Her husband wrote on Instagram: "The wall became a literal fulcrum for U.S. - Mexico relations."

She and Rael sent up a drone to take video of their efforts, which was tweeted by Mexican actor Mauricio Martinez, bringing international attention to their work. They each posted the video on their Instagram accounts and the story spread far and wide.

The reaction on social media was mixed. 

Martinez tweeted that the seesaws were a "beautiful reminder that we are connected." Others also pointed out how simple and sweet the idea was. But another person wrote on Instagram: "I know they had good intentions but this is kinda gross right? These poor people die everyday trying to get to a better country and you put a seesaw on the barrier between us?

It's borderline mocking the situation, isn't it? The money and effort spent on this probably could have gone to food and water for the people on the other side." And yet another person called the teeter totters the "dumbest gimmick soo far about this important issue; We as a nation need border security, better immigration laws and policies….not this Mickey Mouse photo opps!!" 

The potpourri of comments isn't surprising. In a Ted Talk that he gave, Rael, who teaches a class on "design and activism," described that the architecture as a political statement should be seen as both "satirical" and "serious."  

San Fratello and Rael conceived the idea for the seasaws as far back as 2009, which Rael documented in a book, "Borderwall as Architecture: A Manifesto for the U.S.-Mexico Boundary."  But the seesaw was just one of the many ideas they had. The pair pictured building swings on to the fence "so you could literally swing over it," San Fratello said.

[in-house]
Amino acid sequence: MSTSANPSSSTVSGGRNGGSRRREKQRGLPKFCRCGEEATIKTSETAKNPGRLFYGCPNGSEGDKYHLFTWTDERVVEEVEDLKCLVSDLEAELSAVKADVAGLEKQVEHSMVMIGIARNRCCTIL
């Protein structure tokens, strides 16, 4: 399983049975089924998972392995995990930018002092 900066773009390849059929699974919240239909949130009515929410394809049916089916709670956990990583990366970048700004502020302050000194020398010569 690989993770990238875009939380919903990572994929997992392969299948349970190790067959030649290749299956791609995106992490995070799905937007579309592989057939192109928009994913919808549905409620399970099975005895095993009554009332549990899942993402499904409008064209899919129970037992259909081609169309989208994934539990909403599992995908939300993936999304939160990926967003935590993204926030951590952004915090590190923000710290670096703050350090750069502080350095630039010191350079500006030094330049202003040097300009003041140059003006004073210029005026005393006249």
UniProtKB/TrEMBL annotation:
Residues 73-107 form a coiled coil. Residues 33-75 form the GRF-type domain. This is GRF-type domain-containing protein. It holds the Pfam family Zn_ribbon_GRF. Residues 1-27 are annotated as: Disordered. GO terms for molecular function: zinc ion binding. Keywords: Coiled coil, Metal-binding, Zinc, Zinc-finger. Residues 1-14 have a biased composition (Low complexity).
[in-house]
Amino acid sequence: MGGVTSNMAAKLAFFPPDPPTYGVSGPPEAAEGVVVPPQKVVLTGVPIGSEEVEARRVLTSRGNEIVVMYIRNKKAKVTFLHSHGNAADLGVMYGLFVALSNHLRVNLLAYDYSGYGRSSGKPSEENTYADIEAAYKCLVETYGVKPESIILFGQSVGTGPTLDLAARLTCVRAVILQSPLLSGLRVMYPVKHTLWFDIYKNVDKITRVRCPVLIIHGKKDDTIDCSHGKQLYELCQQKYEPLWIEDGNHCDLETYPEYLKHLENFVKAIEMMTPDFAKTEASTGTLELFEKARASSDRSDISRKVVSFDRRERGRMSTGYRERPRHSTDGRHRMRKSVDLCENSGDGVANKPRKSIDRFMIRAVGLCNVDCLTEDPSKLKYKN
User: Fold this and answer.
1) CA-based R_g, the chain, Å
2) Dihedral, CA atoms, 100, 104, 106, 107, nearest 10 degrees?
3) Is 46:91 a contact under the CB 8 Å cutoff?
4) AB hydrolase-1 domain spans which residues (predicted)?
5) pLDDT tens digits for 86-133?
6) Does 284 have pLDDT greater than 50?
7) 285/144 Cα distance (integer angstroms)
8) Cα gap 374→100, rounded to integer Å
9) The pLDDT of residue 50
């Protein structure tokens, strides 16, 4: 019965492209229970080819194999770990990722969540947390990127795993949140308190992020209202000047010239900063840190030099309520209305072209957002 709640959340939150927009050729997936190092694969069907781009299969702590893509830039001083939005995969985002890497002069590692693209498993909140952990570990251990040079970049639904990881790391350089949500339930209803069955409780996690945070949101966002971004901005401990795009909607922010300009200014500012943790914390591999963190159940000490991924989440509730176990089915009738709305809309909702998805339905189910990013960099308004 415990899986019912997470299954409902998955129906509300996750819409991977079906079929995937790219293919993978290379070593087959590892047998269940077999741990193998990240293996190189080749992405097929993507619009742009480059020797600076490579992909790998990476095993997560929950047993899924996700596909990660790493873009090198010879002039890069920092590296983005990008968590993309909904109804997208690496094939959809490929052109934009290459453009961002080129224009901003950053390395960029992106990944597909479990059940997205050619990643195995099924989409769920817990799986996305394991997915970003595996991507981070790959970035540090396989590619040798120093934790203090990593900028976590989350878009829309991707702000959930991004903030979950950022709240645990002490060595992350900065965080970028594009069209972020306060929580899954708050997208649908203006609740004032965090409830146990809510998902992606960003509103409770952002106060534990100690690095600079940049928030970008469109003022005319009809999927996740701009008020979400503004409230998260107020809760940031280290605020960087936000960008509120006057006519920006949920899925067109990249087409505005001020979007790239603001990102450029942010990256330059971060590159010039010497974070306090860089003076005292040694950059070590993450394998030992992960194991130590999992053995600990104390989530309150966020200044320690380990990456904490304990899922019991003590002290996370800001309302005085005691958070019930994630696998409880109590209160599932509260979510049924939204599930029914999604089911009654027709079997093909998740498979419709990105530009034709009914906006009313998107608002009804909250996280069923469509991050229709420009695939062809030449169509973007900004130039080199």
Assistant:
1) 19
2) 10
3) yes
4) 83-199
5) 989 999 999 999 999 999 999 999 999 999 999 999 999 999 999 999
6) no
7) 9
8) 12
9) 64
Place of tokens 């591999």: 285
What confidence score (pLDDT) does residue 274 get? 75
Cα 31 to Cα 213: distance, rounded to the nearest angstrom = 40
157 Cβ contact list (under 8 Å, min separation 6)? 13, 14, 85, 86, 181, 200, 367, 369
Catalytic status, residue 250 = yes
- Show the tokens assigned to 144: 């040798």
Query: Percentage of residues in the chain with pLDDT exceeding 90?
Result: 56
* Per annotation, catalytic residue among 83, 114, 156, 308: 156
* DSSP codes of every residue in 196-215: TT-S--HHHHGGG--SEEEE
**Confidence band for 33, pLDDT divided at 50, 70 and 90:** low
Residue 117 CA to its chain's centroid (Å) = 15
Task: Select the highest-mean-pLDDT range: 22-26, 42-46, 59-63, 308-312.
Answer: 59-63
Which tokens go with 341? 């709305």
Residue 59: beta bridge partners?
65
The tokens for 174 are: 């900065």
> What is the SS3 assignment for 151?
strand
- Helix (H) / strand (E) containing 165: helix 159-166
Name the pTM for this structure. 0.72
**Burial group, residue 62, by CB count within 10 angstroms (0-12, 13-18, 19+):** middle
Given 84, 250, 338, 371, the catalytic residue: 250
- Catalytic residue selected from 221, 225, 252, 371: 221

They pictured a library and a burrito shop, with a portion of each building on one side of each country so people could meet halfway inside. They also drew up plans of turning the fence into a massive xylophone, where people on both sides could take turns hitting the metal and making music.

Their original drawings and models for a "Teeter-Totter Wall" are held by the Museum of Modern Art in New York and the San Francisco Museum of Modern Art.

In 2014, Rael San Fratello – the couple's architectural agency -- was named an Emerging Voice by The Architectural League of New York—one of the most coveted awards in North American architecture. In 2016, the agency was also awarded the Digital Practice Award of Excellence by the  Association for Computer Aided Design in Architecture. 

While the pair have been working together and dreaming up design disrupters for a long time, San Fratello said the idea to drive down to the border last weekend was a bit impromptu.

"We just thought how wonderful it would be to just make this real, and we came up with it just last week," San Fratello said. "We literally said, ‘Let's do it, now is the time.'"

Since the temporary installation is now done, San Fratello said there's the possibility that she and Rael might erect the seesaws somewhere else in the future. 

Or, she said, "maybe other communities will do it themselves." 


This story was reported from Oakland, Calif.